The Killer

The Killer

by Tom Hinshelwood, Tom Wood
3.8 15

Hardcover(First Edition)

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The Killer 4.1 out of 5 based on 0 ratings. 7 reviews.
harstan More than 1 year ago
In Paris mercenary assassin Victor shoots fifty-eight year old Latvian Andris Ozols and retrieves a flash drive from the corpse. Mission accomplished with ease, he leaves the body in the alley and goes back to his expensive Hotel de Ponto not thinking twice about the case or client as this was another easy one. However, Victor finds his assertion false when two other hit men supported by others try to kill him at the hotel. He knows he is a target and speculates the motive is on the flash drive, but who remains unanswered. He survives the Paris assault barely and flees deeper into the content, but is being followed as other attacks to eliminate him occur. He knows he is embroiled in some sort of espionage scenario that leads to Africa where all converge on Victor and the flash drive. Filled with twists mostly caused by double and triple crosses, thriller fans will relish the action-packed The Killer which never stops for a breathing break. Victor holds the storyline together as he goes from smooth remorseless paid killer to target of other professional killers including legalized government assassins. Sub-genre fans will enjoy his escapades to stay alive. Harriet Klausner
Anonymous More than 1 year ago
A lot of dead guys, but still good.
KenCady More than 1 year ago
Never has reading a book tired me more than reading The Killer. What starts out with unadorned killing ends up in an orgy of battle,with every detail lovingly conveyed by the author, Tom Hinshelwood. His efforts in creating this book must have been awesome, as he really seems to know not only his weapons, but the use and misuse of them. Each assassination is carefully choreographed. Hinshelwood puts no mustard on his hot dog, and his killer has no edge of sympathy about him. So it''s a bit of tough going, reading a killer book without anyone to root for. We eventually learn of the CIA's involvement in the story, and none of those characters are folks you'd want to take home to dinner either. But, the author does keep the reader tagging along, if only to see how it all turns out. There is some reward then, when all of the killer characters end up in Tanzania, and the battle of battles begins. That choreography I mentioned is nowhere better than here, when assassins take after each other with gusto. And again, that attention to detail, so prized by the author, requires the reader to stop and take a breath as the action is so heavy and convoluted that you can only read slowly to make sure you are getting it all. Why finish such a tedious novel? Gun lovers, soldiers (of fortune and not) may find it an easy read. But for myself, I admired the creativity and choreography, and even cared slightly for the killer at the end, but not much. Finishing it was its own reward, although I will point out that the author's ending leaves the door open for many more battles to come.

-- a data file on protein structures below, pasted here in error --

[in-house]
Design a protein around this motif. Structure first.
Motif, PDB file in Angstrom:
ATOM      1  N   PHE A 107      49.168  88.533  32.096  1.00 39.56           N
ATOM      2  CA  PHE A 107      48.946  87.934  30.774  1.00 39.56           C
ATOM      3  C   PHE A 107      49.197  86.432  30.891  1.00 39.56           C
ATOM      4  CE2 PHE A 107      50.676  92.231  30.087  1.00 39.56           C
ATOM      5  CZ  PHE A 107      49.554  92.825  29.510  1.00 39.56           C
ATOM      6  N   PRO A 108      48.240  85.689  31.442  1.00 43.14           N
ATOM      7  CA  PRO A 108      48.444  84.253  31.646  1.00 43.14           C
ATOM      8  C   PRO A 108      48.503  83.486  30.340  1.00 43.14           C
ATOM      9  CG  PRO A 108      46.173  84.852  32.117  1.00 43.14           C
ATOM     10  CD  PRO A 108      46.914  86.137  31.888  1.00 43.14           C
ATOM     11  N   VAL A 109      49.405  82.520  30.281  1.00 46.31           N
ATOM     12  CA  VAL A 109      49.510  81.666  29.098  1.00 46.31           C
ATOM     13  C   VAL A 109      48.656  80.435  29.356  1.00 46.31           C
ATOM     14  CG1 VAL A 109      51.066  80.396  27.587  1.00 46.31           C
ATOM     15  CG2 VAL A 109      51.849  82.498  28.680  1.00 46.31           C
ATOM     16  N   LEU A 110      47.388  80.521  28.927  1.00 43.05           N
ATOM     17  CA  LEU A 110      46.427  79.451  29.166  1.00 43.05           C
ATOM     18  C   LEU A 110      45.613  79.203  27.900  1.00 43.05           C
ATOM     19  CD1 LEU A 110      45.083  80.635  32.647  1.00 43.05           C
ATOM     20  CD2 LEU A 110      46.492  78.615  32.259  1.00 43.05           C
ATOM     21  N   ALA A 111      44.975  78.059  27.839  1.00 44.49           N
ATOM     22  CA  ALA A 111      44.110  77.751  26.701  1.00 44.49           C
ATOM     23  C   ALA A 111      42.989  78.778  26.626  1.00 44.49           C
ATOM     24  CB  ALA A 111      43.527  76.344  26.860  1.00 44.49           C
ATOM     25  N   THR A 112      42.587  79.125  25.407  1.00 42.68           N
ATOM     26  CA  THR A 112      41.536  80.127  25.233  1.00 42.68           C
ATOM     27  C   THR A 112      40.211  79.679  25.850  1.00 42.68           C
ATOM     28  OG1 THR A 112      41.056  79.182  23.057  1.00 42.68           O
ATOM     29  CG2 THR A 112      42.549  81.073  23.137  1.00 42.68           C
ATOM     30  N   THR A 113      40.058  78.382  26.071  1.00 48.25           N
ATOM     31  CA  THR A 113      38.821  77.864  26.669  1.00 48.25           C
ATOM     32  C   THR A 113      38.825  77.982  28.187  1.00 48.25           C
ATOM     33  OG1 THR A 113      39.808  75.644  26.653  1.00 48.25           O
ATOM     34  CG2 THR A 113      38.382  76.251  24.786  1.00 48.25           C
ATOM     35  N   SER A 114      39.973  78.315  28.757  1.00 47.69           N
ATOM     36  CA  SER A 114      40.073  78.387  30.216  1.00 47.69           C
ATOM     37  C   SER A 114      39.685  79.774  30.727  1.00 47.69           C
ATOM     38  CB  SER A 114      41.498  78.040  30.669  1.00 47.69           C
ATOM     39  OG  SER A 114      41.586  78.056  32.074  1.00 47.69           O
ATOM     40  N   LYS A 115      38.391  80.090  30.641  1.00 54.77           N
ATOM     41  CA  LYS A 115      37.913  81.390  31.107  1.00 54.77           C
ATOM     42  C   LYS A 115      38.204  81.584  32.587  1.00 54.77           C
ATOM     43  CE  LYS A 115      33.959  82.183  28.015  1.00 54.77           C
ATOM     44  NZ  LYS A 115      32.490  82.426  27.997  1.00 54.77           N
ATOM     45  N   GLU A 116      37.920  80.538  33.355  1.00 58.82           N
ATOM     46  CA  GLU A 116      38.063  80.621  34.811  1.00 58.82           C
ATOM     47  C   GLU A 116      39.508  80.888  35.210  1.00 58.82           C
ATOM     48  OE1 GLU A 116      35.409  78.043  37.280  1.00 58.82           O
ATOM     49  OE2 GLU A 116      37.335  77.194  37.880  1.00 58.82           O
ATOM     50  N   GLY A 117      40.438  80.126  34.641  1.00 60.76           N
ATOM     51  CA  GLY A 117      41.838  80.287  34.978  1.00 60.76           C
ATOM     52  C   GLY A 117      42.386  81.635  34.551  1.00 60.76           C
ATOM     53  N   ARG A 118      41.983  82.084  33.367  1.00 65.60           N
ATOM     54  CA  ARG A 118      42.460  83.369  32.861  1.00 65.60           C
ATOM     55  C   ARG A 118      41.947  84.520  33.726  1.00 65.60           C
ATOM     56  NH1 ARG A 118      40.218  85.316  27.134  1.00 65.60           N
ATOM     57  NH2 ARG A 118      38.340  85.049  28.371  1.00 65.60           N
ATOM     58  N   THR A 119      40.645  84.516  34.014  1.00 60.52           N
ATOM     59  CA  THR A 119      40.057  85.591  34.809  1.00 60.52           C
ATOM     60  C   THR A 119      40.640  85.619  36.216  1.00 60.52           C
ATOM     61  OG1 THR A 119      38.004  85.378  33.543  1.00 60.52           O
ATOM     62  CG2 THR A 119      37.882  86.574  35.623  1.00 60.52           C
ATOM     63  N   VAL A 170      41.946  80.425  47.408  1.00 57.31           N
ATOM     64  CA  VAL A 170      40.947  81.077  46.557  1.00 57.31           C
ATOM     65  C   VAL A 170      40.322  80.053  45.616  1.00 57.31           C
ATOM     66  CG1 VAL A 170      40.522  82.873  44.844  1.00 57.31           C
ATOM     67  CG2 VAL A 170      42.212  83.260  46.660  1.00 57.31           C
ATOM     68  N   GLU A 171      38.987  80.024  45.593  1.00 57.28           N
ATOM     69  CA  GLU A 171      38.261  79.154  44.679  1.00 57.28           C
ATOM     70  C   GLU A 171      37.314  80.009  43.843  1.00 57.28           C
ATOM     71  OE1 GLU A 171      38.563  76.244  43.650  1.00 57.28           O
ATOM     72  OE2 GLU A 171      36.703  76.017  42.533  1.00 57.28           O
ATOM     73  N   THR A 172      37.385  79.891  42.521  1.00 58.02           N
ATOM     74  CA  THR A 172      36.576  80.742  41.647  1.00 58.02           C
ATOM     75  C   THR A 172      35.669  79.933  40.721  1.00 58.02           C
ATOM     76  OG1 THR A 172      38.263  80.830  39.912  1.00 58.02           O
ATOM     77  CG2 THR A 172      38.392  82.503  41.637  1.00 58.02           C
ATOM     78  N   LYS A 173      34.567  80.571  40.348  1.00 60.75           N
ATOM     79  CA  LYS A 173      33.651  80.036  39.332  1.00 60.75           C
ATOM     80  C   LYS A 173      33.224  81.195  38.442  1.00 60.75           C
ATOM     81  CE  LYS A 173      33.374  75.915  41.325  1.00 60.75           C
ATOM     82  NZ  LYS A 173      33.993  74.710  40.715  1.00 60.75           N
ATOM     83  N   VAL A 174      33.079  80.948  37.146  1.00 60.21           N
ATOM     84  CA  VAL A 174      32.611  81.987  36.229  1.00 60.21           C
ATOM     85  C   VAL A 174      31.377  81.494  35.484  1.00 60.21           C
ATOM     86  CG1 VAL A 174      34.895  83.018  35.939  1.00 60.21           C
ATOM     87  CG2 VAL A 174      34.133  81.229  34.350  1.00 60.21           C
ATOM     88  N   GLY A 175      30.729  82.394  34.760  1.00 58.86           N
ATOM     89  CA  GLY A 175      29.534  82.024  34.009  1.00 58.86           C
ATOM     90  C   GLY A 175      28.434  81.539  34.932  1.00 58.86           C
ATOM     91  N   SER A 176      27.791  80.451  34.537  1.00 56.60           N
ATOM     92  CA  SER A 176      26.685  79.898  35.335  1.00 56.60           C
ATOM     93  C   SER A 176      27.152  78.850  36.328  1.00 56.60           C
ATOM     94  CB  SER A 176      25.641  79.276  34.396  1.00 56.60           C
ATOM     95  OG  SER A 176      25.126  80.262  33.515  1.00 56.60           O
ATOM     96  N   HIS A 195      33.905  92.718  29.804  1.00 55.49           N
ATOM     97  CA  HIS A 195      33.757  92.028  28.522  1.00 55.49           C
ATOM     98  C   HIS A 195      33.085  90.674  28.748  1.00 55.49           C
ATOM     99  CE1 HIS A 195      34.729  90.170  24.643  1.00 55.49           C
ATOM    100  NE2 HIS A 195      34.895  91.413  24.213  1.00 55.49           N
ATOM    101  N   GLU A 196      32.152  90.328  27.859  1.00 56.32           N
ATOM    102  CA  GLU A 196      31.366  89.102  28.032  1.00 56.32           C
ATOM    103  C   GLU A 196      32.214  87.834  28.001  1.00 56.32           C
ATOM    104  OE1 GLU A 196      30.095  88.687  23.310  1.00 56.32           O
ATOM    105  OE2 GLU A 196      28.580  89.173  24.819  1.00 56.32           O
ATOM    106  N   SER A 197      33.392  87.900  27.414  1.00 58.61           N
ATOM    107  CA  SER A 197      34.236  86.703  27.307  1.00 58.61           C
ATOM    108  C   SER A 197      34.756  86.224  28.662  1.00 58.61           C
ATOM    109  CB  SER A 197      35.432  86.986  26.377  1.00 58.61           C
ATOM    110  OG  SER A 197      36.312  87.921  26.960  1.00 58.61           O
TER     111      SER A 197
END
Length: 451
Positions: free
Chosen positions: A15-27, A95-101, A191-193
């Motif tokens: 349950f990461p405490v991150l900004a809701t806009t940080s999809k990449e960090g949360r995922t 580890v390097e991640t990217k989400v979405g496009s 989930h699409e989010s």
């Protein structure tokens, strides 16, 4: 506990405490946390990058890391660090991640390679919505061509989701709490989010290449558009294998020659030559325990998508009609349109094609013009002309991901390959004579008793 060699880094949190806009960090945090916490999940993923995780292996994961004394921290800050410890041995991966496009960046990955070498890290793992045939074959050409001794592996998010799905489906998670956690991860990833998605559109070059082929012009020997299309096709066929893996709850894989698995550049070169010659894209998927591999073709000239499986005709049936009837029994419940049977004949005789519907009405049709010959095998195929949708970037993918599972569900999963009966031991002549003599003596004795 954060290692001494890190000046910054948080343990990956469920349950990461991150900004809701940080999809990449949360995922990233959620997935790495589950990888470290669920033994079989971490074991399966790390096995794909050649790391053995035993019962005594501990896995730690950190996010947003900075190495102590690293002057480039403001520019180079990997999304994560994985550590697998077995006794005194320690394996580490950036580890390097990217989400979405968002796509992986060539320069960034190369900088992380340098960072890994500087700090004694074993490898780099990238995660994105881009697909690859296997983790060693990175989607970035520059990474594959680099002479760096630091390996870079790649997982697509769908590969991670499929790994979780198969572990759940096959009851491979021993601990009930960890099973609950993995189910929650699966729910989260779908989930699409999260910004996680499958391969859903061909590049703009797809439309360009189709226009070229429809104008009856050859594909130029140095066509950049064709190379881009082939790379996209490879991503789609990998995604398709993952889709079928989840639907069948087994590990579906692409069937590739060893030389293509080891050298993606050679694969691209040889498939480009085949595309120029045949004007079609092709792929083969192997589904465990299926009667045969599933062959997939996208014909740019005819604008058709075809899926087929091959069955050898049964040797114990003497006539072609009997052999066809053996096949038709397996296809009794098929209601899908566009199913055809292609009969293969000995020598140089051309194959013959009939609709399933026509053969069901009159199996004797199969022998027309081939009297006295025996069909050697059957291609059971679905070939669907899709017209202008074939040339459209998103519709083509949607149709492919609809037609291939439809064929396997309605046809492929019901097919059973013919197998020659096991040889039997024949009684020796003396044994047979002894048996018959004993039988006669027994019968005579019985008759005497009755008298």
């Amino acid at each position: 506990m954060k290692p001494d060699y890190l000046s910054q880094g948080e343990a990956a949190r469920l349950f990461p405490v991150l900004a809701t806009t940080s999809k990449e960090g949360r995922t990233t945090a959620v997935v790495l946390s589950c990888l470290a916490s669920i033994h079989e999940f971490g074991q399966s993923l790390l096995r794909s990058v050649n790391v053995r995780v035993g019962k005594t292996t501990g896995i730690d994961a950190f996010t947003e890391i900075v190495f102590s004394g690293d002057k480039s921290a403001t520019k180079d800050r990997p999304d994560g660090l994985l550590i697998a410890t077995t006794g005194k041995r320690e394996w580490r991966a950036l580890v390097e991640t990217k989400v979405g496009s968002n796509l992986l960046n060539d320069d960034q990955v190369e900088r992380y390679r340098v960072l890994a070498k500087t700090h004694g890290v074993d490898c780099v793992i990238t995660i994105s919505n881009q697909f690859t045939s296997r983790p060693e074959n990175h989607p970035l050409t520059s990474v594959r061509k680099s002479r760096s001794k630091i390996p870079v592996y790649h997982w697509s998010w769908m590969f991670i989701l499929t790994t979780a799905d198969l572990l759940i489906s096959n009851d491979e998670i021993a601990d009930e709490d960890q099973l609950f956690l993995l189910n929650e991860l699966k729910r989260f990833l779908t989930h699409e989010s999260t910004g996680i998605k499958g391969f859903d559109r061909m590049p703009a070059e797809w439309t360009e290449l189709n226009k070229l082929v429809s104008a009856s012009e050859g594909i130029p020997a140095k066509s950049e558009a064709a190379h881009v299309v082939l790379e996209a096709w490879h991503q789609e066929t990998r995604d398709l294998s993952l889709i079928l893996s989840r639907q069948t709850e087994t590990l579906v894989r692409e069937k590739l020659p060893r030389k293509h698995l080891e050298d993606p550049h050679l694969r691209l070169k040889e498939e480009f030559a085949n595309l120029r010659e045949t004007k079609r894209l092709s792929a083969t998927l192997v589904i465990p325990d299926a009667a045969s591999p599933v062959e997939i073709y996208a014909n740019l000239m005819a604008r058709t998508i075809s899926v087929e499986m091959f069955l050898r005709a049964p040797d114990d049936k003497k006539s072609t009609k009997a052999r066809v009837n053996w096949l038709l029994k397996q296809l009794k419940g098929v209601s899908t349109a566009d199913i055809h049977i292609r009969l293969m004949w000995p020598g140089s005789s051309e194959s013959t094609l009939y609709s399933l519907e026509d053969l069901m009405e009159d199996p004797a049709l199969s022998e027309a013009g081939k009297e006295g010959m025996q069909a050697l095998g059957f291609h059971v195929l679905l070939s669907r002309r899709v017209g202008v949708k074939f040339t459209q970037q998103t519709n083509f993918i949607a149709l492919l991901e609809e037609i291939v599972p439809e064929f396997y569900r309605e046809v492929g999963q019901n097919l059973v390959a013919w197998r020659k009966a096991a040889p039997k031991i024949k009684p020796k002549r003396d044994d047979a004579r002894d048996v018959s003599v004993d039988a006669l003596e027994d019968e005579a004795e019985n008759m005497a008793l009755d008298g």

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kpa121 More than 1 year ago
I thought this book was excellent. The detail of this book is very good. It keeps you intrested from the first to last page. I would suggest this book to anyone.